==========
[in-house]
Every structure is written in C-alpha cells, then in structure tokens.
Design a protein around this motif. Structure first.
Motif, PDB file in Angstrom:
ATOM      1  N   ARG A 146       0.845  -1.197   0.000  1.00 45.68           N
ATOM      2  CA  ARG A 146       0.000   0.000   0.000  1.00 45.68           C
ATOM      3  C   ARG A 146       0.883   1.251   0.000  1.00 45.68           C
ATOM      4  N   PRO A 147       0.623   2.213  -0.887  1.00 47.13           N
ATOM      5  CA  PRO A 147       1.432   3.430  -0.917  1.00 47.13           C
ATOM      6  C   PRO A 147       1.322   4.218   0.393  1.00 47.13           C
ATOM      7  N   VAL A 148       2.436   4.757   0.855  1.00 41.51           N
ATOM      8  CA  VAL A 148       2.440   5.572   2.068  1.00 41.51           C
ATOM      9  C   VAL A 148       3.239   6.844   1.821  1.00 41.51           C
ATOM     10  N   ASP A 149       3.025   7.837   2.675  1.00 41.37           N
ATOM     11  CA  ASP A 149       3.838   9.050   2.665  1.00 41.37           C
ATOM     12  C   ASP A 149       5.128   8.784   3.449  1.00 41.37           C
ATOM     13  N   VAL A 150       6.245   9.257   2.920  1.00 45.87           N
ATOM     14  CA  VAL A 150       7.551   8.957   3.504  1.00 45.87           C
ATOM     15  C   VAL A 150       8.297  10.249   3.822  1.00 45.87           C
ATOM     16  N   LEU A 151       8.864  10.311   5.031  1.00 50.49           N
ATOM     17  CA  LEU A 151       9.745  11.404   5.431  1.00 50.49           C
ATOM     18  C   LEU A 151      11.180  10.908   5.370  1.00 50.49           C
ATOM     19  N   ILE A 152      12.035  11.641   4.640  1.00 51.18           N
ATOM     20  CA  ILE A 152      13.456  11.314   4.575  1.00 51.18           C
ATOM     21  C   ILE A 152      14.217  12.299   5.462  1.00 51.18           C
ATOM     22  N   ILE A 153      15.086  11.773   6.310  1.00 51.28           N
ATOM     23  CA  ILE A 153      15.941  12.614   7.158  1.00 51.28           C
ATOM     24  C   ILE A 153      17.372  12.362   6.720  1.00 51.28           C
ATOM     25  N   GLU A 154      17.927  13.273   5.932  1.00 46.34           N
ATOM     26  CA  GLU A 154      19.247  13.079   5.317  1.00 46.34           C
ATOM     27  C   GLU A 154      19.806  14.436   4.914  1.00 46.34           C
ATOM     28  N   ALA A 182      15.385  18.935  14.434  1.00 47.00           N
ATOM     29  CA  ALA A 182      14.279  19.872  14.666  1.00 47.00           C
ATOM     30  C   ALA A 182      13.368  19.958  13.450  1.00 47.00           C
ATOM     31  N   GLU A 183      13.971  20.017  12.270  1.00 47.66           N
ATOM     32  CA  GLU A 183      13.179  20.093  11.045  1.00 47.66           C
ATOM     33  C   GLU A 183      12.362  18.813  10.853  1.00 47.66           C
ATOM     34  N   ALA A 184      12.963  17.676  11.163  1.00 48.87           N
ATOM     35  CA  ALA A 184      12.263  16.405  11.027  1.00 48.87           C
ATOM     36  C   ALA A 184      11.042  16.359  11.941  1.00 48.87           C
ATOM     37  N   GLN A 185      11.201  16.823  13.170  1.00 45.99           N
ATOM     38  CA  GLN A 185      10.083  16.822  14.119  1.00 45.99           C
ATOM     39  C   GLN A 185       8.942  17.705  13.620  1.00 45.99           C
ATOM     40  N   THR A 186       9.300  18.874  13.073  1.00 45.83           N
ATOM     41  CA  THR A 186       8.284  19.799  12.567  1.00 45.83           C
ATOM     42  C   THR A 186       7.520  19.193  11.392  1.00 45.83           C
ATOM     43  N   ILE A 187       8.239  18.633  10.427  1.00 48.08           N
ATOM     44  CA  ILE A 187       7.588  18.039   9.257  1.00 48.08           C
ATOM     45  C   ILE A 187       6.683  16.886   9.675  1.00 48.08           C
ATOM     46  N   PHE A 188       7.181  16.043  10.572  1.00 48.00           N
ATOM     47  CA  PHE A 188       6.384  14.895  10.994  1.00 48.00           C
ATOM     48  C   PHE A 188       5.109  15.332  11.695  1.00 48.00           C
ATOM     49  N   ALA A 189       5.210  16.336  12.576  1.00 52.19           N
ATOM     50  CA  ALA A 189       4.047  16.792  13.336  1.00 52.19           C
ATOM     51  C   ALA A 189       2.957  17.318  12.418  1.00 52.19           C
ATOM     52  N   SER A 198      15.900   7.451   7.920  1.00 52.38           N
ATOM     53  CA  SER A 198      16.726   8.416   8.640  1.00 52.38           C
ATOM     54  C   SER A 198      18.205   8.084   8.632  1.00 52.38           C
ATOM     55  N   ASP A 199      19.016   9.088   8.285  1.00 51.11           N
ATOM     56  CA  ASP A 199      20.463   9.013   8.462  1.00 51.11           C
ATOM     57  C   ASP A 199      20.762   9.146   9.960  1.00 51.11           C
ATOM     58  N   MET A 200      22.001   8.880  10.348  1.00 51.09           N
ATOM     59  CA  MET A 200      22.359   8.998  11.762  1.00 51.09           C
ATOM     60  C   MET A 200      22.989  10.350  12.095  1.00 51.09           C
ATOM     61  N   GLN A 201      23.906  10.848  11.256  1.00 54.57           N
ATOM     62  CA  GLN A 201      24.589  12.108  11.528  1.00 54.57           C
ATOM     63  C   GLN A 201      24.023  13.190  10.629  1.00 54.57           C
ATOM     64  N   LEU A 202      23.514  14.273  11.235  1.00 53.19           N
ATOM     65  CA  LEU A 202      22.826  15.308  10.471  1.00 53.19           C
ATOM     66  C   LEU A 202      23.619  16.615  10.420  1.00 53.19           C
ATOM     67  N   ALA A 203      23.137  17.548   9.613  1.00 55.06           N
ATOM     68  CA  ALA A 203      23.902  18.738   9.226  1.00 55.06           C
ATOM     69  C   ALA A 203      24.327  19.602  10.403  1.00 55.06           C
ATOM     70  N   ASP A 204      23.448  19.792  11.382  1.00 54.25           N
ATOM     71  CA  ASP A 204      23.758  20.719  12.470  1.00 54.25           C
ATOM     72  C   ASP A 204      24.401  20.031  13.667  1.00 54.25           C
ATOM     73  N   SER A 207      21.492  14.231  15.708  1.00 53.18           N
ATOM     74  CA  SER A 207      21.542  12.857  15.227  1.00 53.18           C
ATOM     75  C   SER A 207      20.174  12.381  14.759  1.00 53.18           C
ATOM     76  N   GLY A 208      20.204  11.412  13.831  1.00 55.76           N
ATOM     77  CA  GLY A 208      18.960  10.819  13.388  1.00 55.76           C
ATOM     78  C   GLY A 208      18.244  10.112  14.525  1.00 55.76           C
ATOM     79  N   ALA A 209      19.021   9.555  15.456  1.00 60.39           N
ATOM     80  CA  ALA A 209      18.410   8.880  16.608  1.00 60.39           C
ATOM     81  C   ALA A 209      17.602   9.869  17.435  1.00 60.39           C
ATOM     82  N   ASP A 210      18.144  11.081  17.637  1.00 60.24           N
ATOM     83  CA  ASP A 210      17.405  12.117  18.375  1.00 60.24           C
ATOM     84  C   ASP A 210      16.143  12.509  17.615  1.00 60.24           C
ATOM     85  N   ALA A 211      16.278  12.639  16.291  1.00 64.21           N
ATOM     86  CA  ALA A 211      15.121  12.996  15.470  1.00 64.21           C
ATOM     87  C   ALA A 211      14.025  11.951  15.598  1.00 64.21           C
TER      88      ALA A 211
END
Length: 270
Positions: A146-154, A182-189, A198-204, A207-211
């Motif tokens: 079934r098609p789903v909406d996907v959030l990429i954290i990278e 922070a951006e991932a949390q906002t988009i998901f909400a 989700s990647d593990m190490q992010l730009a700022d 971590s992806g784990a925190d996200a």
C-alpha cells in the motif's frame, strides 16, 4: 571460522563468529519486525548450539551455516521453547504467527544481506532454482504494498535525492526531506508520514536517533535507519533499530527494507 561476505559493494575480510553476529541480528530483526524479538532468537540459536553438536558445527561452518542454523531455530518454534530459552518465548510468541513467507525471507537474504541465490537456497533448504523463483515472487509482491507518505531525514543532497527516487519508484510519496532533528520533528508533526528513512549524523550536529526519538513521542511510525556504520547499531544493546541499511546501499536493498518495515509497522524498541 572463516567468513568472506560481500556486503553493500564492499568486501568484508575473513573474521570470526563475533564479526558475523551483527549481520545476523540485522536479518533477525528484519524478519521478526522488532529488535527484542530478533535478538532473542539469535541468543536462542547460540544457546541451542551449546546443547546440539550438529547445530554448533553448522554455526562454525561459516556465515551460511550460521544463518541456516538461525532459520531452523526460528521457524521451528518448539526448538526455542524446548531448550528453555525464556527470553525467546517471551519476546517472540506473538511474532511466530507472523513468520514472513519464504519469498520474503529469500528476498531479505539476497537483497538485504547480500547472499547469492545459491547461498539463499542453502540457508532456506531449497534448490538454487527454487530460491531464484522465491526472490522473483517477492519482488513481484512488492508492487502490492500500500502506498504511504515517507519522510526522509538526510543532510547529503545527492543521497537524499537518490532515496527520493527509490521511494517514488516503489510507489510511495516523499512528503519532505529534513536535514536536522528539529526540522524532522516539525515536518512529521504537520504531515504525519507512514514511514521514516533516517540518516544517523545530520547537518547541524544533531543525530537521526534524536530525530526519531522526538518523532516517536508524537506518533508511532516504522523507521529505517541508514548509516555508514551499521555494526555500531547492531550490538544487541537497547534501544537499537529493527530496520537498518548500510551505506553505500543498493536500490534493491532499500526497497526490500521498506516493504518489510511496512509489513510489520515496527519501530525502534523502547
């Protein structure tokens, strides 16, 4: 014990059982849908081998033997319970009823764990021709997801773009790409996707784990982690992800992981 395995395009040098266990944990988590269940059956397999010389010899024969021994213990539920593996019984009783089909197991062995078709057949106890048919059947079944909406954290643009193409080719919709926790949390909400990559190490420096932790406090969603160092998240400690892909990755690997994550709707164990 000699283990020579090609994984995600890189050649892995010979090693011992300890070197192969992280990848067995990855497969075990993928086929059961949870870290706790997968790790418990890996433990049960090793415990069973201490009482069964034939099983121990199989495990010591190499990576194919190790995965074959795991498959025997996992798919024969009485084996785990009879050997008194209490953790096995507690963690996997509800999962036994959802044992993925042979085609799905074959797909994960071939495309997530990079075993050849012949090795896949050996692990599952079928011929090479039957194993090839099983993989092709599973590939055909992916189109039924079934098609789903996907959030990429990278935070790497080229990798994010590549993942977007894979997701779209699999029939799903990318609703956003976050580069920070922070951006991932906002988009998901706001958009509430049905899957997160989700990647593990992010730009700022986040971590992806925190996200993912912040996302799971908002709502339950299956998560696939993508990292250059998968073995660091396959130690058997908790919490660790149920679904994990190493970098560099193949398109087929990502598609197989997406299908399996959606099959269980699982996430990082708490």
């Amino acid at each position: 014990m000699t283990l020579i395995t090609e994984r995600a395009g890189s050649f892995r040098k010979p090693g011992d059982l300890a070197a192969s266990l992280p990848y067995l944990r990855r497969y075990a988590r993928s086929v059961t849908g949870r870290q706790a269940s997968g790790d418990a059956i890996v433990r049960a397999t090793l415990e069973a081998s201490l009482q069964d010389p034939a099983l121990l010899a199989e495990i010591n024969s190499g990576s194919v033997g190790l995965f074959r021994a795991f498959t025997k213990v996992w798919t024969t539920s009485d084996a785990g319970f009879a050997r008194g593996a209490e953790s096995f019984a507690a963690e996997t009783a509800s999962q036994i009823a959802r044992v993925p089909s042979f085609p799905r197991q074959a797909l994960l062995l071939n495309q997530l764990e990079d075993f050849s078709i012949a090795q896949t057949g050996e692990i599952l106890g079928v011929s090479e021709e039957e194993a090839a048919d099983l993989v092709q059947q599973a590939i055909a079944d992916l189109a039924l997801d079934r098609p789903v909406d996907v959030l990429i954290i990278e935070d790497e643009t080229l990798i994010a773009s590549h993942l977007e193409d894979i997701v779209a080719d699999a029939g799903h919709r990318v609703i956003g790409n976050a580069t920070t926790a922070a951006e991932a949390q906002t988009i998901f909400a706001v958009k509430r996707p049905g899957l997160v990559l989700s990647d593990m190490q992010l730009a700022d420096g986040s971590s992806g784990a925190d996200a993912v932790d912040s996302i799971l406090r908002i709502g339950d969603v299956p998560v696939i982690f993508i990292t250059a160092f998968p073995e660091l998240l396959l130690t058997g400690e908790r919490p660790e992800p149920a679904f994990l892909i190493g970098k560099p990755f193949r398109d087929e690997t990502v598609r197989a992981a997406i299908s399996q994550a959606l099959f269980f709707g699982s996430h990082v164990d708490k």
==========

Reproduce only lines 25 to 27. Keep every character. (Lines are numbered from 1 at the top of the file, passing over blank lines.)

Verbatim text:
ATOM     21  C   ILE A 152      14.217  12.299   5.462  1.00 51.18           C
ATOM     22  N   ILE A 153      15.086  11.773   6.310  1.00 51.28           N
ATOM     23  CA  ILE A 153      15.941  12.614   7.158  1.00 51.28           C